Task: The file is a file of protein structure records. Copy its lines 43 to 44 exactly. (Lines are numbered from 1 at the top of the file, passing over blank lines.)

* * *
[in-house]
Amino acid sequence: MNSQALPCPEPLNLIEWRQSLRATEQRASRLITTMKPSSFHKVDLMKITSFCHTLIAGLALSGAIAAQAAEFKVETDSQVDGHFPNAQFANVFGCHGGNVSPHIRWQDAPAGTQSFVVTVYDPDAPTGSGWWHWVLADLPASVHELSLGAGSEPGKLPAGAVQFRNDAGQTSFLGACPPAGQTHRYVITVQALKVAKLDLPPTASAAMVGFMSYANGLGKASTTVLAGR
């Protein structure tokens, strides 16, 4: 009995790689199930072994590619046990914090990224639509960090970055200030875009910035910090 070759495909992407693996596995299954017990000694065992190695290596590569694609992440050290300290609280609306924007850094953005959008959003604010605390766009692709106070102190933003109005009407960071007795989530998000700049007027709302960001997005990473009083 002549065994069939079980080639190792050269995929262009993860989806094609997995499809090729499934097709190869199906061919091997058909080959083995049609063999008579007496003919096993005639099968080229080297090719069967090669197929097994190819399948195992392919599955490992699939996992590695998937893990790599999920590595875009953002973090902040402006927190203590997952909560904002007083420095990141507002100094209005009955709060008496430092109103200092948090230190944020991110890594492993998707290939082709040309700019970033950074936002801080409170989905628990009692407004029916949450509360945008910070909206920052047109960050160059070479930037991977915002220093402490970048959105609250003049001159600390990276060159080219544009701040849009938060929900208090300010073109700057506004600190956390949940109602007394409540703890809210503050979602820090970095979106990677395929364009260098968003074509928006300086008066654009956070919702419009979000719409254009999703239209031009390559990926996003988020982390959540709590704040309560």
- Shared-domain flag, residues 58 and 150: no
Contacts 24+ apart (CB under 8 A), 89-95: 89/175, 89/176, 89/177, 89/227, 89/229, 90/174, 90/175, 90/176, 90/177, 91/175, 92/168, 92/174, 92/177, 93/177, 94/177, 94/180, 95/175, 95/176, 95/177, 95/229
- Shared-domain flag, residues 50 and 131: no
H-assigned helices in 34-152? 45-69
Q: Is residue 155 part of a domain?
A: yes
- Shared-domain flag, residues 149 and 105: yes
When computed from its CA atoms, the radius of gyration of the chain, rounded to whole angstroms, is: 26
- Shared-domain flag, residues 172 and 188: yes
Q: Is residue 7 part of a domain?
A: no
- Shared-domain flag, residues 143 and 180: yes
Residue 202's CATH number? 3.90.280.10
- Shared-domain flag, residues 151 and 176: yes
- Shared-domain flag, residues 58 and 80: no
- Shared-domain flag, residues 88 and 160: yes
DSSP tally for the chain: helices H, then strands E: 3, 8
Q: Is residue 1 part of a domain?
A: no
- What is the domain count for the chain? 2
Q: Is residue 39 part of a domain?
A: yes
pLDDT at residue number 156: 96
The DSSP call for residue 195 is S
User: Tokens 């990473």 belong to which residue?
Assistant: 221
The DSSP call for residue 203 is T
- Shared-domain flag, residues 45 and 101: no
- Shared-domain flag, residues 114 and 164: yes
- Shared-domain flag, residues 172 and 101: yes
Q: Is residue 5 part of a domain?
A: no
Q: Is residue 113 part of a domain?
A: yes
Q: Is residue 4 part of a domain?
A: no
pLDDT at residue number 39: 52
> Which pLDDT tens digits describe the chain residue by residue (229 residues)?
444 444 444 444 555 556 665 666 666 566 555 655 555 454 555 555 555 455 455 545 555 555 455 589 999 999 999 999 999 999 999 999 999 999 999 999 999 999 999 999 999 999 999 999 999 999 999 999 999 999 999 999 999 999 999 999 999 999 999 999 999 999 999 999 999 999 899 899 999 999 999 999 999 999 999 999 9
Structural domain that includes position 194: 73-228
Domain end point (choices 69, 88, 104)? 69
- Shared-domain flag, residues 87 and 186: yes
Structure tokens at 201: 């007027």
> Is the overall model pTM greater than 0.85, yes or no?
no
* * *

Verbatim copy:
Structural domain that includes position 194: 73-228
Domain end point (choices 69, 88, 104)? 69